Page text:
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Ongoing Training is Recommended for Truck Drivers


Truck drivers who undertake ongoing training are less likely to be involved in a serious collision. The US Department of Transportation estimates that truck drivers are involved in nearly half a million accidents each year. These crashes cause nearly 5,000 fatalities and more than 100,000 injuries. Over the past five years, the number of truck drivers killed in accidents has risen 11% and driving a truck remains one of the deadliest jobs in America. Increased training would save the lives of truck drivers and the motorists they share the roads with.

The Basics Just Don't Cut It

Entry-level drivers can start driving after receiving the most basic of instruction. Short courses on driver qualifications including medical certifications and examinations, hours of service regulations, driver health, and whistleblower protections are typically provided. This is followed by brief instruction and training on how to operate a truck and the features it is equipped with. As a result of often short and inadequate training programs, truck accident lawyers in Tennessee often see accidents caused by entry-level drivers who simply didn't know how to safely operate their vehicle on the road.

Training Keeps Drivers up-to-date with Regulations

The US Department of Transportation and other regulatory agencies frequently add new regulations and rules for drivers to adhere to. These include everything from changes to the hours of service requirements to the log books drivers must maintain. Routine training ensures that drivers are familiar with the rules they must follow on the road.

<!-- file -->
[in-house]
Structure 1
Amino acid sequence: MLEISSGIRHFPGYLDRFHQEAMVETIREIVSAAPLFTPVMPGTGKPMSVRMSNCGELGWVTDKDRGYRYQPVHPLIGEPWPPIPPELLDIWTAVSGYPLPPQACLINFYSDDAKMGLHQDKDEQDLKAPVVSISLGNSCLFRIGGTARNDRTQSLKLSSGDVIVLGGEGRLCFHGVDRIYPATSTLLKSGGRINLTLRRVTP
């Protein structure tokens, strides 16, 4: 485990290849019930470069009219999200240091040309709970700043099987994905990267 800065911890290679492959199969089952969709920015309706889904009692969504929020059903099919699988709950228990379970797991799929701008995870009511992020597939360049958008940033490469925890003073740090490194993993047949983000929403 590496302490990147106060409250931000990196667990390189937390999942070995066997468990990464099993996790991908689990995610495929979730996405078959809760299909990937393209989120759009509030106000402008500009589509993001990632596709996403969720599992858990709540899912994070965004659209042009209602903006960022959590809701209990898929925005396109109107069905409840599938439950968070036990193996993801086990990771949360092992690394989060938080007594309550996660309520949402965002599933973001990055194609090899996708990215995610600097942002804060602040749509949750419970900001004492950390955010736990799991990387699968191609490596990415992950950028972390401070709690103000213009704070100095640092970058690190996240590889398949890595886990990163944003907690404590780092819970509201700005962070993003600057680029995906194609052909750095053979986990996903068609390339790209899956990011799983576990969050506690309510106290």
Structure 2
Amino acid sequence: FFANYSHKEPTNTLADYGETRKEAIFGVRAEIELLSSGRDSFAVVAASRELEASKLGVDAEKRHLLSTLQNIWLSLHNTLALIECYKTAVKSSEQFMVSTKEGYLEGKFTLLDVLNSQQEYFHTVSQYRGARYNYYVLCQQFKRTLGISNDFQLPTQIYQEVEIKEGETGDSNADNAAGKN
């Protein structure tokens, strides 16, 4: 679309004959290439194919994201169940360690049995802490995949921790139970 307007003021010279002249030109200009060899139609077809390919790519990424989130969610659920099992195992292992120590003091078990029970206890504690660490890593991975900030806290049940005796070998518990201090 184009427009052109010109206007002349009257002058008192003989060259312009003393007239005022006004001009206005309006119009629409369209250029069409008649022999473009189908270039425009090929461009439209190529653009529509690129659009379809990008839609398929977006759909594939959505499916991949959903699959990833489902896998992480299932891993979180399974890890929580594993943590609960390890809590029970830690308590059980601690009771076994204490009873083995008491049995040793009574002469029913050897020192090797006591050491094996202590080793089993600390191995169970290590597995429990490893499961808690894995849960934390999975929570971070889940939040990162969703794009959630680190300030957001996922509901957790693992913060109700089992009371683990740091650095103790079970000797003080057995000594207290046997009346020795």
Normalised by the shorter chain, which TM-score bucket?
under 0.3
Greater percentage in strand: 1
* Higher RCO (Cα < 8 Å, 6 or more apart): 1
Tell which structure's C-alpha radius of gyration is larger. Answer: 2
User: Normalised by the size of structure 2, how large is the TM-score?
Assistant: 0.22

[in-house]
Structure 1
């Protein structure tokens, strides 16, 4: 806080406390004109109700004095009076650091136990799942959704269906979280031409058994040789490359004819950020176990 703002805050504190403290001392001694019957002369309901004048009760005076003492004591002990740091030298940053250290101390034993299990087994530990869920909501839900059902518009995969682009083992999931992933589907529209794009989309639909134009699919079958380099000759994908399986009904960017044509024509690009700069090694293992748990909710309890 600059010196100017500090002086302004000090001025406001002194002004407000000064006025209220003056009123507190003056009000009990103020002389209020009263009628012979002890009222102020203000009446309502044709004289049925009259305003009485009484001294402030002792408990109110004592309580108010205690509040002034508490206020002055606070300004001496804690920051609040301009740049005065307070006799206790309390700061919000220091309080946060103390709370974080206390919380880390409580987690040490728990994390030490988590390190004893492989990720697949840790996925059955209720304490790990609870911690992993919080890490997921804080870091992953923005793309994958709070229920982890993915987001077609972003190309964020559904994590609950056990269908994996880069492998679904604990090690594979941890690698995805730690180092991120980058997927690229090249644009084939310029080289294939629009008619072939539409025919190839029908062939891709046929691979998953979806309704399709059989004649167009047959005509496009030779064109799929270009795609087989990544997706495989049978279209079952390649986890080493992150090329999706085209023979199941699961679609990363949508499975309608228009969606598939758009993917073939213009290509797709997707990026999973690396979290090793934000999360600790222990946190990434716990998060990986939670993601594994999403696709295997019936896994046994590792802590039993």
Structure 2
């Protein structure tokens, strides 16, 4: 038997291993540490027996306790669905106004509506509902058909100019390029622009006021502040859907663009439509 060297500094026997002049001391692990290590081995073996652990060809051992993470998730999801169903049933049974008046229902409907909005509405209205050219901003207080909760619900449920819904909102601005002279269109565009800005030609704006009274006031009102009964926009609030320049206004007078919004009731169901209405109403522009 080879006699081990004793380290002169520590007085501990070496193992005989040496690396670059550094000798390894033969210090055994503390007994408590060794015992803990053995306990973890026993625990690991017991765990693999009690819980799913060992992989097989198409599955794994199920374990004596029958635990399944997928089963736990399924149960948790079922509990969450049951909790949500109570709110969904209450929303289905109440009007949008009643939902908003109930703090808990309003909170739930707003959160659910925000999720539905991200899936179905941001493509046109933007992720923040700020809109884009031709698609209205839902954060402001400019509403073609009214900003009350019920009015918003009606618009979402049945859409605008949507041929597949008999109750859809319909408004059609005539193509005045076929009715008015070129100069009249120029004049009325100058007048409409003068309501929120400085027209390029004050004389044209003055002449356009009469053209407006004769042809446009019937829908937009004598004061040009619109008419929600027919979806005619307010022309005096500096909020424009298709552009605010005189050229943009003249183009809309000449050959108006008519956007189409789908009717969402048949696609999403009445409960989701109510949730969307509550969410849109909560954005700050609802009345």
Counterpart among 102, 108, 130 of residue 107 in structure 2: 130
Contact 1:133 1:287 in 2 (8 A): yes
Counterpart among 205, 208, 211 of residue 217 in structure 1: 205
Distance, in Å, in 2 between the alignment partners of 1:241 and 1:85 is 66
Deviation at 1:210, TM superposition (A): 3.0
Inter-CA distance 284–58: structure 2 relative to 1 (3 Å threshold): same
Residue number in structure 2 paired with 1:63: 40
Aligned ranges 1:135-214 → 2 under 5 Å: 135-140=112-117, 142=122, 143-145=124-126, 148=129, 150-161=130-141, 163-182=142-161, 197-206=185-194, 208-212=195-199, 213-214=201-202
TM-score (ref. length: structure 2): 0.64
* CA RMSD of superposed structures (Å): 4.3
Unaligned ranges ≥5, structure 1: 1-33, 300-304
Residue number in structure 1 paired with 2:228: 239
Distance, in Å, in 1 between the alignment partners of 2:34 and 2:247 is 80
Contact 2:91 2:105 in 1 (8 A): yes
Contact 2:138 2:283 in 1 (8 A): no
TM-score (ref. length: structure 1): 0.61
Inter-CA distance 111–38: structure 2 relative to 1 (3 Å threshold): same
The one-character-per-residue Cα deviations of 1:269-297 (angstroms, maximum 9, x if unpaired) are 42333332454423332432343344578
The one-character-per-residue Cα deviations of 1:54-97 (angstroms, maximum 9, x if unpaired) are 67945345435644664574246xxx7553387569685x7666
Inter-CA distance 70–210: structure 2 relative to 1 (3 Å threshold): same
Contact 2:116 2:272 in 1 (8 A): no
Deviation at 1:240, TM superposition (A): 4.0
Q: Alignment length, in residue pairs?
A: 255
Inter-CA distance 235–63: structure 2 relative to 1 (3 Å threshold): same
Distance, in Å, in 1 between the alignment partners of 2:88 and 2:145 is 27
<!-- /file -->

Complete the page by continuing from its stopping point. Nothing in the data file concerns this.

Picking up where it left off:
Training Keeps Drivers Current with Technology

Technology is evolving at a rapid clip, and there are plenty of new technologies that can help drivers do everything from streamlining their routes to improving visibility around their rig. Ongoing training introduces drivers to these technological advancements and teaches them how to use them on the road.

A Pressing Shortage Means More Inexperienced Truck Drivers

The US is currently facing a shortage of truck drivers that amounts to more than 50,000 available positions per year. As a result, companies are rushing drivers into service with the minimum amount of training required by law so they can fill these positions as quickly as possible and meet the needs of their customers.

Some training programs last only 2-3 weeks. Requiring drivers to continue formal training sessions gives them additional skills including maintenance, communication, and protocols that can help them safely operate their vehicles.

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